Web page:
Many new and improved pesticides have become available and costs have risen sharply. Consequently, many users have had to replace or modify their sprayers or spraying methods to meet changing requirements or to improve efficiency. Those who use their sprayers for several different weed control problems; herbicides, insecticides, fertilizers, etc.; are faced with the need to change nozzles or nozzle replacement; to provide more agitation, increase ground speed; or apply chemicals at higher rates. Often these changes result in a need for a different or larger pump. Only when the nozzles have been selected and their total volume and pressure requirements measured (or computed), can the pump and other elements of the sprayer be chosen or properly adjusted. Another item that must be considered, before the pump and other elements can be selected, is the need for agitation of the spray material in the tank. This need arises from the fact that many herbicides are supplied in the form of finely ground wettable powders which disperse readily in water but settle out if not continuously agitated. A sprayer pump, therefore, must have sufficient capacity to operate the agitators as well as to supply the nozzle requirements. In fact it is recommended that the pump capacity be 20% greater than the sum of these requirements.
In order to prevent unnecessary pump wear, it is important to match the pump and the spray materials being used. The first step in pump selection, of course, is to determine the volume of fluid the pump must deliver and the pressure required to maintain the flow in the system. The types of pumps used in pesticide power spray equipment are as follows.
- Centrifugal – consists of a fan-shaped impeller rotating in a circular housing, pushing liquid towards a discharge opening Simple design; only wearing parts are the shaft seal and bearings (if so equipped). Usually used where a flow of liquid at relatively low pressure is desired. Not self-priming unless provided with a priming reservoir or foot valve: works best with the liquid source higher than the pump (flooded suction/gravity feed). As the discharge pressure (head) increases, flow and drive power requirements decrease. Maximum flow and motor loading occur at minimum head. Centrifugal pumps deliver higher volume (up to 200 gpm) at lower pressures (to 70 psi). Some models can be driven at speeds to 6000 rpm to develop higher capacities and pressures.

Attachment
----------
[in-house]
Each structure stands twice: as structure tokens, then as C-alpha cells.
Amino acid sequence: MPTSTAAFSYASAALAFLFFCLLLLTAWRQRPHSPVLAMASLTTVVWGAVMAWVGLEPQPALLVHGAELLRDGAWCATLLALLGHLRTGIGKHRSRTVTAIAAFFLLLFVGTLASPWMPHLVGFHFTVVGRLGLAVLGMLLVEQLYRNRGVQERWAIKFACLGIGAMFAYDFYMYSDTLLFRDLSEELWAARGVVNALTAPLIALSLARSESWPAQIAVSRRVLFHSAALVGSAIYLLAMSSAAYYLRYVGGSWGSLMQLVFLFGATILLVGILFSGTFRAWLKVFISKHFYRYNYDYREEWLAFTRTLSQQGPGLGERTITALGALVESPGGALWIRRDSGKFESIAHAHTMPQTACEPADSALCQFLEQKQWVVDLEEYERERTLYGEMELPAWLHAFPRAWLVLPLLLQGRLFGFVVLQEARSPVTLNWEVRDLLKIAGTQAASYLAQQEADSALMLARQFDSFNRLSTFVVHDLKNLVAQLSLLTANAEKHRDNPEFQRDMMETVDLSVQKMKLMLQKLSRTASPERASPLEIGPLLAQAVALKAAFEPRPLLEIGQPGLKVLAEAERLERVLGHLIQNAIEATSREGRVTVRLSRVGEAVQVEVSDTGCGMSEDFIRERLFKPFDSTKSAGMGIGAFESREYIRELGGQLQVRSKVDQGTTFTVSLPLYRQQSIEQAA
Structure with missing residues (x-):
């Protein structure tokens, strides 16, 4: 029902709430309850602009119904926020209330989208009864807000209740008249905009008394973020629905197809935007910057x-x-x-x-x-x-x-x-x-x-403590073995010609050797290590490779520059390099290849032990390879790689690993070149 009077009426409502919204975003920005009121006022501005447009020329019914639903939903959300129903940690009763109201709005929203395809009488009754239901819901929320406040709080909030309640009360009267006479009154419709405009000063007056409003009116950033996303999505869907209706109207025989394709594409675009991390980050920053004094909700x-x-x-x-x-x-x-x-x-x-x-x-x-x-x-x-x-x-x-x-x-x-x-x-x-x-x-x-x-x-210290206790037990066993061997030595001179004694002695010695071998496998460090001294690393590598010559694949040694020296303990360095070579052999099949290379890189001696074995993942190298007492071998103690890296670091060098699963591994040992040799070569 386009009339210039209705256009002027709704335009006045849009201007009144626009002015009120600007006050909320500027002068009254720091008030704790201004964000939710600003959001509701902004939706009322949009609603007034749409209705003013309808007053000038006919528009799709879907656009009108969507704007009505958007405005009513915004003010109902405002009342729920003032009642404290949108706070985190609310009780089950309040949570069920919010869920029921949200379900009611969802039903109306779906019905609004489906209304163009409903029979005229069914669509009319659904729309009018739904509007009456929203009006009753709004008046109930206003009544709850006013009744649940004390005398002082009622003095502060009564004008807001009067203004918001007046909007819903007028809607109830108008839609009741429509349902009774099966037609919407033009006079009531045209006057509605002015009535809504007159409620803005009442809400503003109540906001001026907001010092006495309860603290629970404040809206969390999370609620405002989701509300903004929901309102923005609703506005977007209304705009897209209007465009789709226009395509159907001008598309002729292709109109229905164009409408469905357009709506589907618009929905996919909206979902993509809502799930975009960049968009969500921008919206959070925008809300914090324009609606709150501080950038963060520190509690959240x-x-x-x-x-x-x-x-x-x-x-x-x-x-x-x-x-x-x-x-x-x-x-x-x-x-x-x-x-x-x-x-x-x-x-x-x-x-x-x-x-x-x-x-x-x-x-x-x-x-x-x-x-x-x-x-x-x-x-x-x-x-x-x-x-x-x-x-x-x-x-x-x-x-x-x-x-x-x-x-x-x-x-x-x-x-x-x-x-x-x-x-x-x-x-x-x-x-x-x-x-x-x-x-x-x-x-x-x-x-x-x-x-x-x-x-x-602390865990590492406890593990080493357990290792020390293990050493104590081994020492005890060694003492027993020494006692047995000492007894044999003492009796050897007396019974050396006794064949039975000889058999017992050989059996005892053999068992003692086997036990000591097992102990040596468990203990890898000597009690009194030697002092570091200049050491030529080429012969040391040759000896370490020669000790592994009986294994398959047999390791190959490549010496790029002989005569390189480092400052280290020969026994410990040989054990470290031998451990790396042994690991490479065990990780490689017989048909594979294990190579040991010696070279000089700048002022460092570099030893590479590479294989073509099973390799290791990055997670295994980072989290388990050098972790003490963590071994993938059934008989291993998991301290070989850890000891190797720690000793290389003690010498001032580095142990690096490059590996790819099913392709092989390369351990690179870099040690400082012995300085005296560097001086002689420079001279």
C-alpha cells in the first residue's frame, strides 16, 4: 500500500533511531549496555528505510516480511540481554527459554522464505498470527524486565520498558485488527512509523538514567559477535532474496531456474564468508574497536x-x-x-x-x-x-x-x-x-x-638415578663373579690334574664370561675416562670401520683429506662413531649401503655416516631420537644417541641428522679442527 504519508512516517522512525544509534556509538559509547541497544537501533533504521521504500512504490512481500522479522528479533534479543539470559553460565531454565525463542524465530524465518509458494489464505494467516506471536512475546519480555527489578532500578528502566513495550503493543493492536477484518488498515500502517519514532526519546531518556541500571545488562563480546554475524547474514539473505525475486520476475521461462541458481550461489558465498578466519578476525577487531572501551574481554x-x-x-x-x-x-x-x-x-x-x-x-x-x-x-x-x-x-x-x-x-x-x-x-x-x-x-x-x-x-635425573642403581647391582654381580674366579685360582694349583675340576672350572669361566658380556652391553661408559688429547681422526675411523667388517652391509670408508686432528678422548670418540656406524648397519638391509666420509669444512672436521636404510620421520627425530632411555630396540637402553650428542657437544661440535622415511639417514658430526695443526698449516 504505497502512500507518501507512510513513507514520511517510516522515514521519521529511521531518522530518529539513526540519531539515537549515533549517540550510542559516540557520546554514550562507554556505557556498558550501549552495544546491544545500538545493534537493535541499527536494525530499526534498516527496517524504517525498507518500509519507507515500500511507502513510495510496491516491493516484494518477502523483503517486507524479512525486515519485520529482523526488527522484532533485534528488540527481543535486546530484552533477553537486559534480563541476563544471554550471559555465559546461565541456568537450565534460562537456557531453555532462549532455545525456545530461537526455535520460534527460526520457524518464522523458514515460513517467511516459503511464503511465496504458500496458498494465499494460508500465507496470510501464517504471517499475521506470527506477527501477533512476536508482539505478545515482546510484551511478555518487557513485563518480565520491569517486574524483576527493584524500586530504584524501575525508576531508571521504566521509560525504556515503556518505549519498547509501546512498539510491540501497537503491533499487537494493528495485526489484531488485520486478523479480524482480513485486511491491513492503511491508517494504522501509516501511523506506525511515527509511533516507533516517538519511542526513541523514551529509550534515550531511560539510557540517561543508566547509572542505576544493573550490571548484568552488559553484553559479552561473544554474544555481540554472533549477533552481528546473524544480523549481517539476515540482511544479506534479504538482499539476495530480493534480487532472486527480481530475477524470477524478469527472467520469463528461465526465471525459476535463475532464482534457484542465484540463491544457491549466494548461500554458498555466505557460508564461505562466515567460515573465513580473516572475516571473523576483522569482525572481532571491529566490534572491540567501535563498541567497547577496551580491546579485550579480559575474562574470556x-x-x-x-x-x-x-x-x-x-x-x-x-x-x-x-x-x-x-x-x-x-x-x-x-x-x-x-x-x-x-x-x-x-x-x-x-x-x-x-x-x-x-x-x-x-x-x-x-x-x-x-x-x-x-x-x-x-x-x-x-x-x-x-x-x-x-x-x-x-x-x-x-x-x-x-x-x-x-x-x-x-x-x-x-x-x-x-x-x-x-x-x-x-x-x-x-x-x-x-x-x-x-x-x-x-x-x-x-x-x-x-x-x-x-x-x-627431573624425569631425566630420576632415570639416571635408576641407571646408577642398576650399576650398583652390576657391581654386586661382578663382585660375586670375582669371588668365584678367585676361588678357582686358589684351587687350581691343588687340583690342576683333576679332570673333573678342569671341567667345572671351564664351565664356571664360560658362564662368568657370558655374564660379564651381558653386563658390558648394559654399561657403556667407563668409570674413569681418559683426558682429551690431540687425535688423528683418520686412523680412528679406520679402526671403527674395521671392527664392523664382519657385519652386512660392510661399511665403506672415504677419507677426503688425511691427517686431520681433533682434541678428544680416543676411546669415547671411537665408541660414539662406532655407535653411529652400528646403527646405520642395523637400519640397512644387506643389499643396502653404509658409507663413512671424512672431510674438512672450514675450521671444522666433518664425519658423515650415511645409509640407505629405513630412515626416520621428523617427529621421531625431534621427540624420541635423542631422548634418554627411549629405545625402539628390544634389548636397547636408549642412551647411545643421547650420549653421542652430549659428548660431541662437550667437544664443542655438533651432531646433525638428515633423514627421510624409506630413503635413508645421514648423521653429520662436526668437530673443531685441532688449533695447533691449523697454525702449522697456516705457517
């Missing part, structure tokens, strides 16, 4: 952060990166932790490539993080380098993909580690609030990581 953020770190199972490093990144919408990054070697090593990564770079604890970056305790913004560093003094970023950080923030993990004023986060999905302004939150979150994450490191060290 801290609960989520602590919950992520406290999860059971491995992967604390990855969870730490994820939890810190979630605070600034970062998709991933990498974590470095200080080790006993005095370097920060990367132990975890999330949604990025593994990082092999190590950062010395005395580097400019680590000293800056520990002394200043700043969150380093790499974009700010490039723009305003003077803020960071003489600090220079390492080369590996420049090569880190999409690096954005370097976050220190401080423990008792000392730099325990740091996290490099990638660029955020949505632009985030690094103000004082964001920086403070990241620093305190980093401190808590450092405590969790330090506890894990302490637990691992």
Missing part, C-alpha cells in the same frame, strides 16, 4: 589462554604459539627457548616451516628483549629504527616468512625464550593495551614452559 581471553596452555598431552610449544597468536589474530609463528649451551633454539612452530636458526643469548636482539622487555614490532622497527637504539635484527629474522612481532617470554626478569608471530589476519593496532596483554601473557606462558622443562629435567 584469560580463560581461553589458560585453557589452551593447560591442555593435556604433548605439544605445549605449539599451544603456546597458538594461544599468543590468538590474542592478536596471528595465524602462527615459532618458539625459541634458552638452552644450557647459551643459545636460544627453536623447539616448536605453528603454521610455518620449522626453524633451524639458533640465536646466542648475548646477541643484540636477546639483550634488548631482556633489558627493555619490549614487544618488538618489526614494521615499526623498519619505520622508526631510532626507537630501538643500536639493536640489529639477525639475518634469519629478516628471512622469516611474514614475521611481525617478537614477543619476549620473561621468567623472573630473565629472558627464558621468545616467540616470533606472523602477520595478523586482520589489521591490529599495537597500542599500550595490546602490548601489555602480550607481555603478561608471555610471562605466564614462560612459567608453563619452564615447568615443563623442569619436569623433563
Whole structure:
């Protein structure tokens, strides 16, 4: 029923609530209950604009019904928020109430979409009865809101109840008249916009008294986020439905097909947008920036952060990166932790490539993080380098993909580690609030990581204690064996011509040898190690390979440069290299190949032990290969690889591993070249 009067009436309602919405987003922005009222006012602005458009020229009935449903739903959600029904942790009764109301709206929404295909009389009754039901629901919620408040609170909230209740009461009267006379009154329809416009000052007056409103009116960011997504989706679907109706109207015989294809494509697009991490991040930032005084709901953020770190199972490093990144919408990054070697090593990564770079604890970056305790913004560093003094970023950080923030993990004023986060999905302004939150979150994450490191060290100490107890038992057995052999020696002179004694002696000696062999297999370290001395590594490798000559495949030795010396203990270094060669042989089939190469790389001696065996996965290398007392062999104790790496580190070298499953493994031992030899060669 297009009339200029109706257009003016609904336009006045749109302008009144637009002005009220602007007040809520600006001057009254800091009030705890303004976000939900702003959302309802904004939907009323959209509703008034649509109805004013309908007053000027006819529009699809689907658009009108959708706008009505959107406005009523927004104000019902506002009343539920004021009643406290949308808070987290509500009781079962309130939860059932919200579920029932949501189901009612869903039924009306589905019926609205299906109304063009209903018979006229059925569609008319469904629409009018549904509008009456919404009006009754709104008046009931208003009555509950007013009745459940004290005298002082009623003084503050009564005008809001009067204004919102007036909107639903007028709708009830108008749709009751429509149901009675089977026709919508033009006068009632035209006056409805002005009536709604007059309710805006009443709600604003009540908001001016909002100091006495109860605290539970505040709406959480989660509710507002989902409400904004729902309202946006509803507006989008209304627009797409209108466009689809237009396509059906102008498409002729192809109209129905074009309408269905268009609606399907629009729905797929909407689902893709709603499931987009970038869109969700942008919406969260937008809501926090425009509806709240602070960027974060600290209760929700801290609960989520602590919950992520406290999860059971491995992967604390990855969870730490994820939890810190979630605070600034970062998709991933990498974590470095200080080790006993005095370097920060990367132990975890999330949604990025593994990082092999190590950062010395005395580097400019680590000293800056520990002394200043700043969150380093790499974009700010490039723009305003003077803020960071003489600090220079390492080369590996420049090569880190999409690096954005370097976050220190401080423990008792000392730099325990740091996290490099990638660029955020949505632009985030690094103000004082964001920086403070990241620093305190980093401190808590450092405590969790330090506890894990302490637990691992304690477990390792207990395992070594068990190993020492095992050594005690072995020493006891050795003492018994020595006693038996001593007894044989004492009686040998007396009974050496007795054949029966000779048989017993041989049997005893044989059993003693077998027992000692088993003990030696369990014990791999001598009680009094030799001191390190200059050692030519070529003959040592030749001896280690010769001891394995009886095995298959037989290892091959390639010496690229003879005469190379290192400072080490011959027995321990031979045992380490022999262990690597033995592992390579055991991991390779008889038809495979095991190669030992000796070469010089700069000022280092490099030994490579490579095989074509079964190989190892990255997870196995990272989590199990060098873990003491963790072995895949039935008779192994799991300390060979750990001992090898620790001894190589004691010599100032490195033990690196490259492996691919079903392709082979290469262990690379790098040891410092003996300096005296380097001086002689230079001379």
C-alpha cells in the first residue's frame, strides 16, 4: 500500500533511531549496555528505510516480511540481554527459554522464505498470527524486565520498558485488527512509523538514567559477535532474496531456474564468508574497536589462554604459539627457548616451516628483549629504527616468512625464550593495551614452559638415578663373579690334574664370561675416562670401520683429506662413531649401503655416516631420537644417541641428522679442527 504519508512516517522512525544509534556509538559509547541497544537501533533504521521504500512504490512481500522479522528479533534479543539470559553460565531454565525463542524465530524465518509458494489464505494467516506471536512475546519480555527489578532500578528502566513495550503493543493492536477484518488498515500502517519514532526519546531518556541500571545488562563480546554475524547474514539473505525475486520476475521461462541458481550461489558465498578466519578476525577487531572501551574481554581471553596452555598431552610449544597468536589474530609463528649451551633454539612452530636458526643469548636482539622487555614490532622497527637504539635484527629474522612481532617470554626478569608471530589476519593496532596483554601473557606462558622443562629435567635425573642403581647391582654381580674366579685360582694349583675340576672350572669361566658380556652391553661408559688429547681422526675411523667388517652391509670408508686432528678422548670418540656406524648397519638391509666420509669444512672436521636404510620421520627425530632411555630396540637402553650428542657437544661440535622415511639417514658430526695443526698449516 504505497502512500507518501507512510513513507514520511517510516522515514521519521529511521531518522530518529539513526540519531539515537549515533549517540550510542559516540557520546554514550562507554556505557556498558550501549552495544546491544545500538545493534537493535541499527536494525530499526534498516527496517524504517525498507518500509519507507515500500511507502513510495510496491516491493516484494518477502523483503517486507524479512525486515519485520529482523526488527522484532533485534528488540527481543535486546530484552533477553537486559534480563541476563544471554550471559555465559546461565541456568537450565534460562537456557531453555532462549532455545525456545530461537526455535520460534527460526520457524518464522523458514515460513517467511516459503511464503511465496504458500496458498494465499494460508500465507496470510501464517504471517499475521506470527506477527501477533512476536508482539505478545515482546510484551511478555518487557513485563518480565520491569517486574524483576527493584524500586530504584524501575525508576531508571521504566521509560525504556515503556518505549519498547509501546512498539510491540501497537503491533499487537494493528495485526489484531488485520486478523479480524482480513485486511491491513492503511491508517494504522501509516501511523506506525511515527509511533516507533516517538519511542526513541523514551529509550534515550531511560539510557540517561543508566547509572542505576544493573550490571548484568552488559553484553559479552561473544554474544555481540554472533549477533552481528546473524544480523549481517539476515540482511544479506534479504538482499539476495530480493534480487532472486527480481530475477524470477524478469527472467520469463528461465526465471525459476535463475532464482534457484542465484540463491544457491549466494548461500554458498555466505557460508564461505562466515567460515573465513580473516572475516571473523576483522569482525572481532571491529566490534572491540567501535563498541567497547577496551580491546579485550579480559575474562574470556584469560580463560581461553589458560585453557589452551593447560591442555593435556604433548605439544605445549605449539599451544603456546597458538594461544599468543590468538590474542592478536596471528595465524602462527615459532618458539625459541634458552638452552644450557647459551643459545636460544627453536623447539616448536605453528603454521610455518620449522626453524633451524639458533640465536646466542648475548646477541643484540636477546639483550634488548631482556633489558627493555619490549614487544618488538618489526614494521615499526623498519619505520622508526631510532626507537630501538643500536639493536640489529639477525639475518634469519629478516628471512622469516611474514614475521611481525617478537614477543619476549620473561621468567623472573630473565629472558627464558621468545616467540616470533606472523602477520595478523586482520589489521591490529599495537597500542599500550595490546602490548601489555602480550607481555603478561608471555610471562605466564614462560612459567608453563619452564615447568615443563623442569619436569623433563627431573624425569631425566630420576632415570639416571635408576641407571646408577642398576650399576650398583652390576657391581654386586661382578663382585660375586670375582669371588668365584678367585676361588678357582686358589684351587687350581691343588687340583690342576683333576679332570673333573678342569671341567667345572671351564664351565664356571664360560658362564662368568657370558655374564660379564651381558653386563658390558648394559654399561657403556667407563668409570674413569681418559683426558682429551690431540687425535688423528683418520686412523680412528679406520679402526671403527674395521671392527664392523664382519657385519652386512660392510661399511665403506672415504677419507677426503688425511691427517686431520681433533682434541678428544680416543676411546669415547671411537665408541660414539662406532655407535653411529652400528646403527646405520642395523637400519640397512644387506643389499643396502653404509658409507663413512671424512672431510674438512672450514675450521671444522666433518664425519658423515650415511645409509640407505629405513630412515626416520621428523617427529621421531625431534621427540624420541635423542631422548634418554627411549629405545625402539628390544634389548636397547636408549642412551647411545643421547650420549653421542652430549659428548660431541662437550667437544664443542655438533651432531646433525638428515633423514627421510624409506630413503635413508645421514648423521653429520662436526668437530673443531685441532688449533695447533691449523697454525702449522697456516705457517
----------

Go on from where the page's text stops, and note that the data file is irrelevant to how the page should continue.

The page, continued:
- Diaphragm – consists of a flexible diaphragm which moves up and down in a chamber, creating suction and pressure. As the diaphragm is moved up, it creates a vacuum, opening the suction valve and drawing fluid into the chamber. As the diaphragm is forced down, fluid is forced out through the discharge valve. Diaphragm pumps handle fluid mixtures with a much greater percentage of solids, such as mud, silt, and sludge.
- Flexible Impeller – a flexible, vaned member, usually rubber, rotating in an eccentric housing. The volume of the spaces
between the vanes changes as the pump rotates, and pumping action is created. Usually used with pressures up to 30 psi.
- Gear – consists of two meshed spur gears in a housing. As gears rotate and mesh, fluid is forced out of the space between the teeth. Because of close running of gears, a gear pump will not handle abrasives. Suitable for pumping more viscous liquids at slower speeds and for pressures up to 100 psi.
- Immersion – a pump which has its inlet port immersed in liquid, but the motor and electrical components remain dry.
- Piston – fluid is drawn in and forced out by pistons moving within cylinders. Generally, choose a piston pump where you have limited volume (up to 25 gpm) at high pressure (up to 1200 psi).
- Roller or Vane – this pump type uses rollers or vanes in a rotor, rotating in an eccentric housing like a flexible impeller pump. Rolling vane, or roller, pumps offer an economical solution in many applications requiring moderate output (up to 47 gpm) at moderate pressures (up to 300 psi).
- Rotary Screw – a screw-shaped rotor, turning within a flexible stator, usually of rubber. Progressing cavities between screw and stator carry the li quid. For pressures up to 75 psi; also may handle slurries and/or abrasives at slower speeds.
- Submersible – a pump which operates only when totally submersed in the fluid which is being pumped, with waterproof
electrical connections, using a motor which is cooled by the liquid.
life, but can be damaged by dirt or grit in the liquid.
Sump – a well or pit in which liquids collect below floor level; sometimes refers to an oil reservoir.
loss of prime when li quid source is lower than pump.
or”relieves” when a preset pressure is reached. Used to prevent excessive pressure and pump or motor damage if discharge line is closed off.